Calorimetry #2 Constant volume calorimeter is called a bomb calorimeter. Material is put in a container with pure oxygen. Wires are used to start the combustion. The container is put into a container of water. The heat capacity of the calorimeter is known and tested. Since DV = 0, PDV = 0, DE = q

Bomb Calorimeter thermometer stirrer full of water ignition wire
Steel bomb sample

Properties Intensive property - not related to the amount of substance. density, specific heat, temperature. Extensive property - does depend on the amount of substance. Heat capacity, mass, heat from a reaction.

Hess’s Law Enthalpy is a state function (independent of the path).
We can “add equations” to come up with the desired final product, and then add the DH values to arrive at the final enthalpy change! Two rules #1 - If the reaction is reversed the sign of DH is changed #2 - If the reaction is multiplied, so is DH

State Function One two-step pathway… N2 + O2  2NO ΔH = 180 kJ
2NO + O2  2NO2 ΔH = -112 kJ A different single-step pathway… N2 + 2O2  2NO2 ΔH = 68 kJ Regardless of the pathway…68 kJ are absorbed in this endothermic reaction!

O2 +2NO -112 kJ H (kJ) 180 kJ 2NO2 68 kJ N2 +2O2 Two-step One-step N2

Standard Enthalpy The enthalpy change for a reaction under standard conditions (25ºC, 1 atm, 1 M solutions) Symbol DHº When using Hess’s Law, work by adding the equations up to obtain the “target equation”. The other species will cancel out…and you will sum the enthalpy values!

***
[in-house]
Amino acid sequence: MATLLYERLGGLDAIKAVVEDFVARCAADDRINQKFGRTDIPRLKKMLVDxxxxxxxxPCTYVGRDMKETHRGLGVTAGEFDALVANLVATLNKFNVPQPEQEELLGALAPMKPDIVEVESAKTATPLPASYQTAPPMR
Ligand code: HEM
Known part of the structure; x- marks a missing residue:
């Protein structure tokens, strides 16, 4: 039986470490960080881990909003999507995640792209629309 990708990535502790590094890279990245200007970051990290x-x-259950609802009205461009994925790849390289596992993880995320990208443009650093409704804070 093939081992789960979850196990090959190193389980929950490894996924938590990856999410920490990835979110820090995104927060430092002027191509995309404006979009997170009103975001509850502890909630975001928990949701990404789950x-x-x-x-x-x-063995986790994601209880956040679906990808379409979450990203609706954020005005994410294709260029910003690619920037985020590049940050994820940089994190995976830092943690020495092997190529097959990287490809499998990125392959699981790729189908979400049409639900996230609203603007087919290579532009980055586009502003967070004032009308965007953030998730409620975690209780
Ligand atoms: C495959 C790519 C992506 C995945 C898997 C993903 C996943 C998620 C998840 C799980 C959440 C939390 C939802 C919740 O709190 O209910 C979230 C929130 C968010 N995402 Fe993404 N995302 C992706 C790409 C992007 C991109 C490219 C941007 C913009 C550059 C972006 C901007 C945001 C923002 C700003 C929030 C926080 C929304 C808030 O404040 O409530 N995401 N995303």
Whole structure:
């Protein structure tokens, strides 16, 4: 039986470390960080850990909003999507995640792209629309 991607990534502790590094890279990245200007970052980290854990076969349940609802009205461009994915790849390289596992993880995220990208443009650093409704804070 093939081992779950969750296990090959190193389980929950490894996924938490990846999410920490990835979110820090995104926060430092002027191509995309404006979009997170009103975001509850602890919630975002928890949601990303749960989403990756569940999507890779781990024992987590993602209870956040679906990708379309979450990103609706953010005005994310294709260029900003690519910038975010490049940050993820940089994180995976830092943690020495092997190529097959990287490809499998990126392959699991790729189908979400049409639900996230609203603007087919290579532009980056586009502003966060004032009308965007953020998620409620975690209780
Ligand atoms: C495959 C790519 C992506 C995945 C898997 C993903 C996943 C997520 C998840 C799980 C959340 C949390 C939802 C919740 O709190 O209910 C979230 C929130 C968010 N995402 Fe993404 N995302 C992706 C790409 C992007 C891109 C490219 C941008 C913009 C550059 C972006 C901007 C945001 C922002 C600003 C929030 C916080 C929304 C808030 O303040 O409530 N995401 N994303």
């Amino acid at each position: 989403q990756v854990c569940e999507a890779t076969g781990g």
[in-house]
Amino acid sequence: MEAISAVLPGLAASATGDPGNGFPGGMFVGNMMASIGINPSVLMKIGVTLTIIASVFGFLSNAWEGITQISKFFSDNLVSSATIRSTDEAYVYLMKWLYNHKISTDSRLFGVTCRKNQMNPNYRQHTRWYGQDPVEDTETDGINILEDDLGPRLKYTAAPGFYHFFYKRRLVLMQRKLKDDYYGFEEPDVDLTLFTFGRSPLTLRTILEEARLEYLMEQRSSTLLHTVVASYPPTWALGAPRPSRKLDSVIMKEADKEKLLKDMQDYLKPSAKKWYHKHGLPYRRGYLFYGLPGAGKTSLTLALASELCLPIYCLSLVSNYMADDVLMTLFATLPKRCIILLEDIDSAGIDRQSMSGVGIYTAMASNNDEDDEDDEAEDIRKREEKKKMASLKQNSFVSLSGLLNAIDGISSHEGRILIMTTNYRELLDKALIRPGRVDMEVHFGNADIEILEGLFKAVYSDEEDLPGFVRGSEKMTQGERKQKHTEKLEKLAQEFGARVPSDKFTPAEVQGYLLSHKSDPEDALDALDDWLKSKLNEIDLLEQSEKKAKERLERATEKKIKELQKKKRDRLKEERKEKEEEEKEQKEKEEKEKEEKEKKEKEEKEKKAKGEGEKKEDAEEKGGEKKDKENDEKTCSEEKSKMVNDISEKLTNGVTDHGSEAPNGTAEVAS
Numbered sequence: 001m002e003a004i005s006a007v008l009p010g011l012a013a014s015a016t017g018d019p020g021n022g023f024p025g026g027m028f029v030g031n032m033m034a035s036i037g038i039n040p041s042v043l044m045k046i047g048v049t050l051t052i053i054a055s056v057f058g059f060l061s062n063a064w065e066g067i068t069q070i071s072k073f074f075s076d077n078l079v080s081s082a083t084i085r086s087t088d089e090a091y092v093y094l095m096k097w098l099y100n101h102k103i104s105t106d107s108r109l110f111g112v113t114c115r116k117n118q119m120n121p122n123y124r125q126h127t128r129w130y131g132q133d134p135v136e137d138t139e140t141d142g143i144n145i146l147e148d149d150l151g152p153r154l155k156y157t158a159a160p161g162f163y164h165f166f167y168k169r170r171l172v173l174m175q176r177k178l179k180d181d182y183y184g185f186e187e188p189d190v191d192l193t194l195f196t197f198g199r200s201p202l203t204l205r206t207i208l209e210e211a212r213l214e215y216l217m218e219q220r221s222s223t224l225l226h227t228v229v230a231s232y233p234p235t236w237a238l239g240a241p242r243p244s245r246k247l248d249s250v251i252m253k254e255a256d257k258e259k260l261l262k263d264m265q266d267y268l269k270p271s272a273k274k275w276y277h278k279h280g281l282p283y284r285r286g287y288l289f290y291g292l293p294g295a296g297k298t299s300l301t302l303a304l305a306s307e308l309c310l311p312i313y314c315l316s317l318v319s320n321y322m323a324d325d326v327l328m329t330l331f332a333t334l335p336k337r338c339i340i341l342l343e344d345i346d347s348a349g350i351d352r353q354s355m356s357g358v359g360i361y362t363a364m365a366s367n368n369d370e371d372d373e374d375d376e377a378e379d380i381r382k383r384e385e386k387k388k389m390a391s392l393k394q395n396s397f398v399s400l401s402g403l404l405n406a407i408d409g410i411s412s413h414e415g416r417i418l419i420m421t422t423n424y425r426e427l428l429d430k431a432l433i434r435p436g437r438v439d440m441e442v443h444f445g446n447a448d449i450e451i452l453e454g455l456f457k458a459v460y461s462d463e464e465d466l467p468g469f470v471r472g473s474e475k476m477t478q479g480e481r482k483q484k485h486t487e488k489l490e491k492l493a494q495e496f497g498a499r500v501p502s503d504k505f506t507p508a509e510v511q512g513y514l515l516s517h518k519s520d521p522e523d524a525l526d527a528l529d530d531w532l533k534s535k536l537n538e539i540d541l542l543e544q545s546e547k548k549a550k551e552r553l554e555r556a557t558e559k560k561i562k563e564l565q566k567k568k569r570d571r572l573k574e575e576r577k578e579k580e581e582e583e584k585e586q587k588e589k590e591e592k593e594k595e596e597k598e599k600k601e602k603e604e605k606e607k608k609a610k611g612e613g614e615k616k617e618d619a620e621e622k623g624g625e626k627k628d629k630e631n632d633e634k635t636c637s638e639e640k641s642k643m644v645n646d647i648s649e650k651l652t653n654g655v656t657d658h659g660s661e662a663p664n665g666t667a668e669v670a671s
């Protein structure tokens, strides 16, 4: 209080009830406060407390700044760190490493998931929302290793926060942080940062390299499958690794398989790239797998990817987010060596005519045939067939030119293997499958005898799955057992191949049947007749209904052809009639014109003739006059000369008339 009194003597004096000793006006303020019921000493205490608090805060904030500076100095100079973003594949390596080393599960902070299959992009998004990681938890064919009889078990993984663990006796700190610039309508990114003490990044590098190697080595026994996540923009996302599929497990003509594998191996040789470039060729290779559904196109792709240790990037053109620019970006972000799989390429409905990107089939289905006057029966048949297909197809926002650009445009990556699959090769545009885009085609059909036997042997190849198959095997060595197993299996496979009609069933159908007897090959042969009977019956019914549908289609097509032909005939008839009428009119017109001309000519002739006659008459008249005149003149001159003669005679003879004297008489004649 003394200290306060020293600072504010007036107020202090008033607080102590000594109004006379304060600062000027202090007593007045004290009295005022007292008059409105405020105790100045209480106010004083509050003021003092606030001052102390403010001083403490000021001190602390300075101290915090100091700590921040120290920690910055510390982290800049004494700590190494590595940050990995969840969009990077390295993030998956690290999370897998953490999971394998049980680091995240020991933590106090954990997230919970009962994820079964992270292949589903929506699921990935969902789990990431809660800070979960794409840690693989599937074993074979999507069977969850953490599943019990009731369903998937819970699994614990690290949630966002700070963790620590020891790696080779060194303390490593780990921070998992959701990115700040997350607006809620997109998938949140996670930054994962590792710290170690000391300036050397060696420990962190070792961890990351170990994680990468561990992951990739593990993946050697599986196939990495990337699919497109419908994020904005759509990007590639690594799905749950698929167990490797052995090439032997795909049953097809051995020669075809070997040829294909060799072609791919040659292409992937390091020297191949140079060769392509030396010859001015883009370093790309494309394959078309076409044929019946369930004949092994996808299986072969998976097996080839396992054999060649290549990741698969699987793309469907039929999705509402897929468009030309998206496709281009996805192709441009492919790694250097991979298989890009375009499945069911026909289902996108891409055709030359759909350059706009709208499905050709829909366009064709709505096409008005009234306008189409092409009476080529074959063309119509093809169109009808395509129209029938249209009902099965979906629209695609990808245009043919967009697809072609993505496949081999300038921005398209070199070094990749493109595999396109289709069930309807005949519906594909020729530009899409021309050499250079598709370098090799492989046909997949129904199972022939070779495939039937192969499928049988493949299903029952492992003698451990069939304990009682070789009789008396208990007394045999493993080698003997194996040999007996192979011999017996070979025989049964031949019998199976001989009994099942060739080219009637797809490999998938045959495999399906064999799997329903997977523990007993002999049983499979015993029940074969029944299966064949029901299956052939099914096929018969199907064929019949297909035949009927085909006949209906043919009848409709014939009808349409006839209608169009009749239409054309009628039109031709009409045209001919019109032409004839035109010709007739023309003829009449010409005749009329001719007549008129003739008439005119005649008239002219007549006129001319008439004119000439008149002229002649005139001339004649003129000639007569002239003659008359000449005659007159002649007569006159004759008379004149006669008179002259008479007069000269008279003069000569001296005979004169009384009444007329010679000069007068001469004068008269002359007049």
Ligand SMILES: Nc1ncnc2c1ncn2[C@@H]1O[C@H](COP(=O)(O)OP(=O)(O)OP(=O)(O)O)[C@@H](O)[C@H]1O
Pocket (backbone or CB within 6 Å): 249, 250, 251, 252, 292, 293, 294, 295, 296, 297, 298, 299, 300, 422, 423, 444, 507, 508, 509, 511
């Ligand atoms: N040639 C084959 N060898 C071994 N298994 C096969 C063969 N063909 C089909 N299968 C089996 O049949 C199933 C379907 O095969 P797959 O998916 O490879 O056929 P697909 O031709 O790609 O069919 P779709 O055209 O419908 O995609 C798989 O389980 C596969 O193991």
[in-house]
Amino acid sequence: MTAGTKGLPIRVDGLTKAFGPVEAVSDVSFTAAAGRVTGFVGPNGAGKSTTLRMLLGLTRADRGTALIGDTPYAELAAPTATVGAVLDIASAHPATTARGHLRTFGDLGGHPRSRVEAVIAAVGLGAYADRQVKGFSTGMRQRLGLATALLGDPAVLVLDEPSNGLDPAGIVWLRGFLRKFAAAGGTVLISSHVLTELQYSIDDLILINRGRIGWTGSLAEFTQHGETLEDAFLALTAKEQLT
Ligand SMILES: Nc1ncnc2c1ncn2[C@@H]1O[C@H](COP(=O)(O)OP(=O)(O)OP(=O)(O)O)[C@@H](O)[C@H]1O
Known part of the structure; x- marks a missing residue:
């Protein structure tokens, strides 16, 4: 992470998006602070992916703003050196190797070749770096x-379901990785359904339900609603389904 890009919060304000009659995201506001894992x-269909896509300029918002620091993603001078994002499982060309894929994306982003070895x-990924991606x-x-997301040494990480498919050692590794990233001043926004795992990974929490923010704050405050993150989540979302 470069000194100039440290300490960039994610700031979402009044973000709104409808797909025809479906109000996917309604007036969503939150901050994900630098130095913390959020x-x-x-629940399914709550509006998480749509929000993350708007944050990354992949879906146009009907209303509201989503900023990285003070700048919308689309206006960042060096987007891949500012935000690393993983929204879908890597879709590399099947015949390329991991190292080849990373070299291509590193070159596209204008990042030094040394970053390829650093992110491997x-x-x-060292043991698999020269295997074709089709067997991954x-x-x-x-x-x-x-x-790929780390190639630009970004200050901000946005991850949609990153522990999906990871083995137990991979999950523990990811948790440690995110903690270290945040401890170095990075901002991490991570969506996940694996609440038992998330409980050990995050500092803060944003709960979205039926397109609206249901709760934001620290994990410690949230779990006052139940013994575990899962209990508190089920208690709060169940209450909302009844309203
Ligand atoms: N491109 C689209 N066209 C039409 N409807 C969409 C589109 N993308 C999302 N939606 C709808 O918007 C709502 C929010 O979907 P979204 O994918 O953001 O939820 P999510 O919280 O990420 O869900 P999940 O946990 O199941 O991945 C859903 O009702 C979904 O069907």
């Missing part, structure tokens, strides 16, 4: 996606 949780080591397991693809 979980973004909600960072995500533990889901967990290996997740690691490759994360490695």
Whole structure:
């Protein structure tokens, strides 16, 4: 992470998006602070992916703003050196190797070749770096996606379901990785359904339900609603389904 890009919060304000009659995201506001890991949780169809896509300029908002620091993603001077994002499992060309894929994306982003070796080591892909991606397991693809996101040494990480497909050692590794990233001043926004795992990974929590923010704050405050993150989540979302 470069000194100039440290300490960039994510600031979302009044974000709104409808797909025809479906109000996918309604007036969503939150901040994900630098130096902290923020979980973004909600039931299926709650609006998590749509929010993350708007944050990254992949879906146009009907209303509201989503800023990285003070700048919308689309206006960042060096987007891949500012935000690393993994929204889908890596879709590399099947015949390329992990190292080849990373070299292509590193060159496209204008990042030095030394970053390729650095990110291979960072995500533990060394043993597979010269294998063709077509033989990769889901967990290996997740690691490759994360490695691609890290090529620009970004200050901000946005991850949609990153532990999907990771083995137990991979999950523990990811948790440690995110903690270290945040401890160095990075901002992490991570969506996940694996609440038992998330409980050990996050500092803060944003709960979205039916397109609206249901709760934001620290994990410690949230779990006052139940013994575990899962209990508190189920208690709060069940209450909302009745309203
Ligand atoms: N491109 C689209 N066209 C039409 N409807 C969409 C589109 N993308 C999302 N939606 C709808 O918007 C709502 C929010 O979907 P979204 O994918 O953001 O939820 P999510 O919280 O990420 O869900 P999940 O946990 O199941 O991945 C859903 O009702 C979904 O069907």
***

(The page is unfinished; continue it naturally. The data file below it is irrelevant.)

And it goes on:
Procedure for solving…
Goal: Establish a pathway to the Target Equation by rearranging the “given equations” Hints: Work backwards from the target equation Look for unique formulas (which only appear once) Avoid formulas which appear multiple times until you get started

Hess’s Law Example Given DHº= -1300. kJ
calculate DHº for this reaction (target equation) DHº= kJ DHº= -394 kJ DHº= -286 kJ

Standard Enthalpies of Formation
Hess’s Law is useful when you are given multiple sets of reactions…. However, the standard enthalpy of formation (DHfº) for a compound is defined as the change in enthalpy that accompanies the formation of one mole of a compound from its elements in their standard states.

Standard Enthalpies of Formation
Standard states are 1 atm, 1M and 25ºC See p. 246 of our text. For an element it is 0 (zero)! Why? It comes to us already formed! There is a table of values listed in Appendix 4 (pg A19-22).

Standard Enthalpies of Formation
First, you need to be able to write the balanced equation from the elements. What is the equation for the formation of NO2 ? ½N2 (g) + O2 (g) ® NO2 (g) Have to make one mole to meet the definition. Write the equation for the formation of methanol CH3OH.

Since we can manipulate the equations…
We can use heats of formation to figure out the heat of reaction. Lets do it with this equation. C2H5OH +3O2(g) ® 2CO2 + 3H2O which leads us to this rule:

Since we can manipulate the equations…
We can use heats of formation to figure out the heat of reaction. Lets do it with this equation. C2H5OH +3O2(g) ® 2CO2 + 3H2O which leads us to this rule.

C2H5OH(l) +3O2(g) ® 2CO2(g) + 3H2O(l)
Solve the problem: C2H5OH(l) +3O2(g) ® 2CO2(g) + 3H2O(l) ΔHf: (kJ/mol) ΔH = [(2•-393.5kJ)+(3•-286kJ)]-[-278kJ + 3•0kJ] ΔH = -1367kJ of energy (released) per mole of ethanol burned.

Chapter 6 problems: